What is an Herbalist?

In the grand scheme of health care, modern medicine is a relatively new development, and some patients still prefer to use naturopathic remedies over prescription drugs whenever possible. Herbs are a major driver in that trend. People have been using herbs to promote human health for more than 5,000 years, reports the American Herbalist Guild (AHG), and about 75 percent of the global population still relies on them over modern medications. Even some prescription and over-the-counter-drugs have herbal roots: The University of Maryland Medical Center reports that the willow bark extract Egyptians used to manage pain is now the active ingredient in aspirin. There are many different types of plants and herbs, however, and not all of them are safe or even effective. Knowing which to use, when and how crucial, and for that, many patients turn to herbalists.

Herbalists study herbs and their therapeutic properties. They assess clients to determine if herbs are an appropriate treatment for various conditions, and, if so, which herbs should be used, and how. Most herbalists also analyze one's diet and lifestyle habits, recommending helpful changes. The American Herbalist Guild notes that herbalists can assume a number of titles, depending on their training. These include native healers, naturopaths, holistic medical doctors and herbal pharmacists. Whatever one's job title, the right training is an absolute must, not just because this is a complex field, but because knowing how to advise patients how to use herbs safely is a matter of basic safety. Herbalist training programs are an excellent place to begin.

Herbalist degree programs

Herbalism credentials range from herbalist certificates and associate degrees to bachelor's and graduate degrees; which program is appropriate for you depends on both your professional goals and any state licensing and training requirements, if applicable. The AHG reports that programs can also vary in emphasis. Some focus on Western botanical medicine, for instance, while others focus on traditional Chinese medicine, or TCM. Students can enroll in campus-based or online herbal science programs. Apprenticeships and independent study programs may seem a convenient alternative to formal training programs, but the AHG warns that there are disadvantages to this approach, namely lack of exposure to a variety of practitioners and a narrow academic focus. When completed in conjunction with a formal program, however, internships and apprenticeships offer students valuable hands-on experience working with real patients.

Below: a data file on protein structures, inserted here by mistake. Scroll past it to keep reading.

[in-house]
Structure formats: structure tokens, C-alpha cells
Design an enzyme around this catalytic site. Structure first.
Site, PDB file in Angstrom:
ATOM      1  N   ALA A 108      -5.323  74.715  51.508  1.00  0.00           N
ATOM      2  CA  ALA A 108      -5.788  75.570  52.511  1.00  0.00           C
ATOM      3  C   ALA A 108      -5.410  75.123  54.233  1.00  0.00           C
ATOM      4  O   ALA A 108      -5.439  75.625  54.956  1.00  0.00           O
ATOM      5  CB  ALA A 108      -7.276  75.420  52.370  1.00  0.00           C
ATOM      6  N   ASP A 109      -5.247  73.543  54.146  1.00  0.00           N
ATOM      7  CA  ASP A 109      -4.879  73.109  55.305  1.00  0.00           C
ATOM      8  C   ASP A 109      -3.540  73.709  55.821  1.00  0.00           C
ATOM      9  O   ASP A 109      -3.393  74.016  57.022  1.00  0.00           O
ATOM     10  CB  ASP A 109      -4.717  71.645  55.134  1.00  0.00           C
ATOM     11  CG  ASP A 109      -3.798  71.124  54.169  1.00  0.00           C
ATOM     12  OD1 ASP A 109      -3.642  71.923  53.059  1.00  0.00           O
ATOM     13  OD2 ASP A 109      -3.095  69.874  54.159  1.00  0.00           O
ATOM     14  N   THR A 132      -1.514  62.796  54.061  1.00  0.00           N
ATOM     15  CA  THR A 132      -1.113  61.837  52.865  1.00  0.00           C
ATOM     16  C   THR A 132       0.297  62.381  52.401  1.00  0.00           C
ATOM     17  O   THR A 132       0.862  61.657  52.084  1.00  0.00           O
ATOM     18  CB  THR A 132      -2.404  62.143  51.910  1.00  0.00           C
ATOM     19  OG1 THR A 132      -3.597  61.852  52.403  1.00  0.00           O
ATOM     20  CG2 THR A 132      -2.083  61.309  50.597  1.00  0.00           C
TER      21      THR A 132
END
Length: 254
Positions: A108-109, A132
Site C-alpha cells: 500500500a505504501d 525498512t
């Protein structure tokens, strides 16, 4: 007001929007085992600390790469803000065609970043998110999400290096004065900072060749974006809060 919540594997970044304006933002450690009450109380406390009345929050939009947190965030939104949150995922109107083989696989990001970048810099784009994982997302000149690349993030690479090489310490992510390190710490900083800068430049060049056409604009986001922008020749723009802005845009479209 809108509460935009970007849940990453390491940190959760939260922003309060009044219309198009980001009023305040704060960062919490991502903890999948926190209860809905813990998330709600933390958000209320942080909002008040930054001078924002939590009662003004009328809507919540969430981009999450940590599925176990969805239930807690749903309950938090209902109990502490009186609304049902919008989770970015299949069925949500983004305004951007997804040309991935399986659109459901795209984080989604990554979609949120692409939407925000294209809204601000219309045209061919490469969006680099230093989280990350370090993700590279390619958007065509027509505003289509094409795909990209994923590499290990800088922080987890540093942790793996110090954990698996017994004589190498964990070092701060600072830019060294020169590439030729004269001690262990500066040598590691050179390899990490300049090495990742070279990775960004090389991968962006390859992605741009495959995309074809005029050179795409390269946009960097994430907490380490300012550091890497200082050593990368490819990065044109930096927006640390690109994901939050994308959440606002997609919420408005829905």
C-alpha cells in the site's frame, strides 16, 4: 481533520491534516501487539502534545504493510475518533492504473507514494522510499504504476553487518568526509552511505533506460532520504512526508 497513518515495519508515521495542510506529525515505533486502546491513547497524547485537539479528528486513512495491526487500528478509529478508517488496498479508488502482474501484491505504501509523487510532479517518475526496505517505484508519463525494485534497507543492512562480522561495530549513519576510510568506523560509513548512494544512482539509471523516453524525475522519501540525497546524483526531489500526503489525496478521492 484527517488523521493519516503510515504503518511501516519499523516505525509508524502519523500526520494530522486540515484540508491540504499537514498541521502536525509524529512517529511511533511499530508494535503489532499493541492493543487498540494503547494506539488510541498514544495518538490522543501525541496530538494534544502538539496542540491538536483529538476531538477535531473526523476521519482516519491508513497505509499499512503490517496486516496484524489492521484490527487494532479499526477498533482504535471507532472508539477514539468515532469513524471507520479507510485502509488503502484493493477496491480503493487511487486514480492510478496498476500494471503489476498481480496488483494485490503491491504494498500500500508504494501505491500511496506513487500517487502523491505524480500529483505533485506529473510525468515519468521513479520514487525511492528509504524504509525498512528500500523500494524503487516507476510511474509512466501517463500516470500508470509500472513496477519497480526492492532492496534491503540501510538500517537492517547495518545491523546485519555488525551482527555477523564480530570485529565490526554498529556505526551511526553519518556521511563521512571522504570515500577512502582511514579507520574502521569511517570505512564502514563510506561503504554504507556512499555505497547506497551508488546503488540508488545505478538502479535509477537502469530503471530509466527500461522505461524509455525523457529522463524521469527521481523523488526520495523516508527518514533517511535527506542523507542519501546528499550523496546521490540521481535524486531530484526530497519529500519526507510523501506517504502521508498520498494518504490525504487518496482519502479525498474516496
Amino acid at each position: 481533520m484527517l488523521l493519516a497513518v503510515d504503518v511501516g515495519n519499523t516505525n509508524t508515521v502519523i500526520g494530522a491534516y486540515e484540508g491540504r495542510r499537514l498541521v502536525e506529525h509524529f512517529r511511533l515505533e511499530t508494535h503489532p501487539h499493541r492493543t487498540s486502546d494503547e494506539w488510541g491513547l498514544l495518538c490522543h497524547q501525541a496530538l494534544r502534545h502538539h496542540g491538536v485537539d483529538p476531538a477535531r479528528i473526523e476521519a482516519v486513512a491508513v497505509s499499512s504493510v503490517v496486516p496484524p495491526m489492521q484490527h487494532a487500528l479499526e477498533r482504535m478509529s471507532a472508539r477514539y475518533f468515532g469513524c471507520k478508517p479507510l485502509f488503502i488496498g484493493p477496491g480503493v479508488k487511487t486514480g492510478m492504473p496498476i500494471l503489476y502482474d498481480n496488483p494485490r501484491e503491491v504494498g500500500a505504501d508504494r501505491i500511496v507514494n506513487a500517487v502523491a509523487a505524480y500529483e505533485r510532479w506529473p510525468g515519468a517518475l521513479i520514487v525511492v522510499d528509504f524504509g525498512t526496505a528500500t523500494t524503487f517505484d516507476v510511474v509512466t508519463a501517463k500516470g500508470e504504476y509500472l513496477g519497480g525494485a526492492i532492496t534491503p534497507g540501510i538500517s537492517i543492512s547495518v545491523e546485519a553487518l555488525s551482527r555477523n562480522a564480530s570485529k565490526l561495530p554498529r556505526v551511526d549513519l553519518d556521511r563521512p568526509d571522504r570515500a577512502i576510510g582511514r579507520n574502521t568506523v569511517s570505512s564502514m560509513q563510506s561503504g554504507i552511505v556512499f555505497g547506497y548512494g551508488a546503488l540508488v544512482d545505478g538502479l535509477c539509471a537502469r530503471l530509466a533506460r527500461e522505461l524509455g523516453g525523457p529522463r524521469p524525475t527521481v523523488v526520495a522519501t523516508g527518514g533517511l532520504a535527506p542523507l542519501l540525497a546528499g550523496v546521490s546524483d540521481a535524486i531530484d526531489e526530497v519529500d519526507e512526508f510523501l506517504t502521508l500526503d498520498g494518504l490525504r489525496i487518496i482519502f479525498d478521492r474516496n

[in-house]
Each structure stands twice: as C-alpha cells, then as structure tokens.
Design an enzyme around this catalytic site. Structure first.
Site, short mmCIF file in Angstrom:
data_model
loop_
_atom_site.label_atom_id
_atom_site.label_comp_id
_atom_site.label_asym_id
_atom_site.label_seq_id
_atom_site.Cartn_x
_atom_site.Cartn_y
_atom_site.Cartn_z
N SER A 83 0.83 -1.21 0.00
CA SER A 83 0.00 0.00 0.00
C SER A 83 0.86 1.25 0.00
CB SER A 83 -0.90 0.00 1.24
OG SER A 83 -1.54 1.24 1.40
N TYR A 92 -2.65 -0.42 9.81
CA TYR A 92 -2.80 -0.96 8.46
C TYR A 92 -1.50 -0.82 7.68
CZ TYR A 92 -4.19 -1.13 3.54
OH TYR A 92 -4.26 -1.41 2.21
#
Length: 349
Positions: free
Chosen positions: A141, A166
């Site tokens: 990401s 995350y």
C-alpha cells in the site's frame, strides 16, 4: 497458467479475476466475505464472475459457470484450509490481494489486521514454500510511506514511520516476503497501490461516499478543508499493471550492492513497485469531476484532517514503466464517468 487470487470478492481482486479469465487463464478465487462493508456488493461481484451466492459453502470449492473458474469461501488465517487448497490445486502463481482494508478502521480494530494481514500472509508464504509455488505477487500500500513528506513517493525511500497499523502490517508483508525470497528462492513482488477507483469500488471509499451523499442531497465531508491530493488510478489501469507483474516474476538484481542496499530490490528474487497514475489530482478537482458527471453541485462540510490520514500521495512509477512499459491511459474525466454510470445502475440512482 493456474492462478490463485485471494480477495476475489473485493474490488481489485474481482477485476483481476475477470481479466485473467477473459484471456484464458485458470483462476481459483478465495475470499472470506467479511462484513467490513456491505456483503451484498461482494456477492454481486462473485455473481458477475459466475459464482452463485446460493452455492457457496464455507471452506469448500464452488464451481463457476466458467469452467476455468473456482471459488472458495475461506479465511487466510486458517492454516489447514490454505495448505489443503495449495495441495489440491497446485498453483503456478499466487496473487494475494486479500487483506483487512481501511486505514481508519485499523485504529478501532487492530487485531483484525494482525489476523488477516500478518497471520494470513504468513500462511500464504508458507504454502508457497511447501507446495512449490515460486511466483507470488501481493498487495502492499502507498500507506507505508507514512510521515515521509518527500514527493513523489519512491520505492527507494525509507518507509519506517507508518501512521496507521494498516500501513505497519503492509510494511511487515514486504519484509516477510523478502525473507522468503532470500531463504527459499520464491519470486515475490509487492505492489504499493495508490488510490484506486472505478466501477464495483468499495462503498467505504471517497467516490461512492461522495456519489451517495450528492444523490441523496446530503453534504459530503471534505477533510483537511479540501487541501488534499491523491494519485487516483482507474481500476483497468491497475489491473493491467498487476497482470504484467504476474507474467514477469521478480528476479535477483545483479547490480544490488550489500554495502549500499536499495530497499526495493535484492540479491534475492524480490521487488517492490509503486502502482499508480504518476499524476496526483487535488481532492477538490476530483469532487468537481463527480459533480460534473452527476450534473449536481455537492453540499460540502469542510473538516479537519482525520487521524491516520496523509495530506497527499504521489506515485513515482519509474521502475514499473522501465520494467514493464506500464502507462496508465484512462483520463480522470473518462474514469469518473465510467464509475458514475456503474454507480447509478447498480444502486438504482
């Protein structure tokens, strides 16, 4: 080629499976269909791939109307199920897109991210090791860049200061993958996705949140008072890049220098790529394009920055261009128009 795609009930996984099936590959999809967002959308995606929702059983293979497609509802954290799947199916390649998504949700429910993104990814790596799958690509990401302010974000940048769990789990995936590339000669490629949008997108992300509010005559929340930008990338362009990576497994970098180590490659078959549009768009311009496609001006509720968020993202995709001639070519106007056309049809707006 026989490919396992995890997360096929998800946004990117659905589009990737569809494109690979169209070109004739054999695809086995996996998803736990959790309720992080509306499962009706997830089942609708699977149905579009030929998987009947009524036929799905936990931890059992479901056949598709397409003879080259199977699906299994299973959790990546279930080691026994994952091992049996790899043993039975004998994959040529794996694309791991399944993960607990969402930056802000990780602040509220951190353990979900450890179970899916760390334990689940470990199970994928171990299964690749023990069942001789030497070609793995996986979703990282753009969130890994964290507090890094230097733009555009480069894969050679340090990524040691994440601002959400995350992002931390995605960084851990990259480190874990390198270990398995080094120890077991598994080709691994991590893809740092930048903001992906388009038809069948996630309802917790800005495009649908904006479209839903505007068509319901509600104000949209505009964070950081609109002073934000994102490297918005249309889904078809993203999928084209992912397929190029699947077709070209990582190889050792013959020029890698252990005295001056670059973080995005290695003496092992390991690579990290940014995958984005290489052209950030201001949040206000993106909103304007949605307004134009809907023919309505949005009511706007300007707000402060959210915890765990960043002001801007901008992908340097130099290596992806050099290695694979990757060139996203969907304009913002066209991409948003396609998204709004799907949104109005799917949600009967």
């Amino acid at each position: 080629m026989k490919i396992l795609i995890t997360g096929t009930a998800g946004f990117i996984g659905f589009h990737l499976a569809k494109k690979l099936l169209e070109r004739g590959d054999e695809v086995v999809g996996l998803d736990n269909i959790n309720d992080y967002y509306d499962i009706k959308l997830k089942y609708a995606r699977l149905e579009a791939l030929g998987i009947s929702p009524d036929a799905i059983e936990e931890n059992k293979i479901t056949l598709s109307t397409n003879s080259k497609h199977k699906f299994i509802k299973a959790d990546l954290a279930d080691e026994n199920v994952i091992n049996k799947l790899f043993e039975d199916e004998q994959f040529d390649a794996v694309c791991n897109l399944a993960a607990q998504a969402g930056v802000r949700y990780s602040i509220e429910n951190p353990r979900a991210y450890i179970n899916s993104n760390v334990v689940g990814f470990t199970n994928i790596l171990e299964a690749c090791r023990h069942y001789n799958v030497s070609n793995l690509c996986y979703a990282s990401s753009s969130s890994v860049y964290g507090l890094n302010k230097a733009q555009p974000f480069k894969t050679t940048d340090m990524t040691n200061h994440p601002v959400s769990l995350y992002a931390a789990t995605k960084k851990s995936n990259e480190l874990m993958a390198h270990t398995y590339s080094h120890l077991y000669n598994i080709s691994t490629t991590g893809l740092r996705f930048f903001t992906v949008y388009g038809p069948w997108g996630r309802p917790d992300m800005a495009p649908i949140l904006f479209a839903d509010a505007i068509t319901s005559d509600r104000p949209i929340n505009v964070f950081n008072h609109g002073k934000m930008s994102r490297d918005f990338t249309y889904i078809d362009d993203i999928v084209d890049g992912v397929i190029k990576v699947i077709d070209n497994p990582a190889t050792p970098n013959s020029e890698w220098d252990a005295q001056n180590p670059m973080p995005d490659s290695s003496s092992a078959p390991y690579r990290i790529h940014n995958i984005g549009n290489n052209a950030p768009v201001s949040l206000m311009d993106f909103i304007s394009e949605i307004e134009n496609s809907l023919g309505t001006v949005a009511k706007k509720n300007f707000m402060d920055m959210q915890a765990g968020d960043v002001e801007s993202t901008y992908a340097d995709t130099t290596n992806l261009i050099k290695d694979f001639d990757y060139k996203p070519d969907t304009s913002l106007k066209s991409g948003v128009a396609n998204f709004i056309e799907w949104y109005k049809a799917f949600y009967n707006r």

Herbalist training

Though herbalist training programs can vary, many include instruction in the same courses, including both basic health care and specialized herbological courses. According to the AHG, these include the following classes:

  • Therapeutic herbalism
  • Botany and plant identification
  • Anatomy
  • Pathology
  • Biochemistry
  • Medical terminology
  • Nutrition
  • Pharmacognosy and dispensing
  • Ethics

Some herbalist training and degree programs require students to complete internships or apprenticeships under practicing and often certified herbalists or naturopathic physicians.

Herbalist career outlook

It can be difficult to project herbalists' employment potential because the Bureau of Labor Statistics (BLS.gov) does not track this data for herbalists specifically, but there are other signs that the field is on the upswing. The National Institutes of Health's National Center for Complementary and Alternative Medicine, or NCCAM, conducts periodic national surveys tracking what share of Americans use alternative medicine, like herbology. In 2007, about 38 percent of adults age 18 years or older and 12 percent of children reported using some type of complementary alternative medicine -- including herbal treatments -- up slightly from 2002. As demand for these alternative therapies grows, so will demand for herbalists. The U.S. Department of Labor's National Center for O*Net Development provides career and salary information for acupuncturists and naturopathic physicians, which are closely related to herbalism and may even have training in the field. Both fields are classified as "Bright Outlook" occupations, meaning they are expected to grow by at least 8 percent between 2012 and 2022.

As with employment outlook, it can be difficult to project how much herbalists will earn because the BLS includes them in the much large, broader health care practitioners and technical workers category. According to the BLS, these professionals earned a national mean annual wage of $55,210 in 2013. The AHG reports that based on its own review of salary data, herbalist salaries start at approximately $20,000 each year. It notes that many practicing herbalists supplement their earnings through other professional activities, like teaching, writing and consulting.

You can learn more about herbalist degree programs and employment projections by contacting schools that offer herbalist training directly, or by visiting professional organizations like the AHG online.


"Acupuncturists," ONet Online, Summary Report, 2013, http://www.onetonline.org/link/details/29-1199.01

"AHG Guide to Getting an Herbal Education," American Herbalist Guild, 2013, http://www.americanherbalistsguild.com/herbal_education

"Healthcare Practitioners and Technical Workers, All Other," Bureau of Labor Statistics, Occupational Employment and Wages, May 2013, http://www.bls.gov/oes/current/oes299099.htm

"Naturopathic Physicians," ONet Online, Summary Report, 2013, http://www.onetonline.org/link/summary/29-1199.04

"Willow Bark," University of Maryland Medical Center, Medical Reference Guide, Alternative Medicine, February 14, 2013, https://umm.edu/health/medical/altmed/herb/willow-bark

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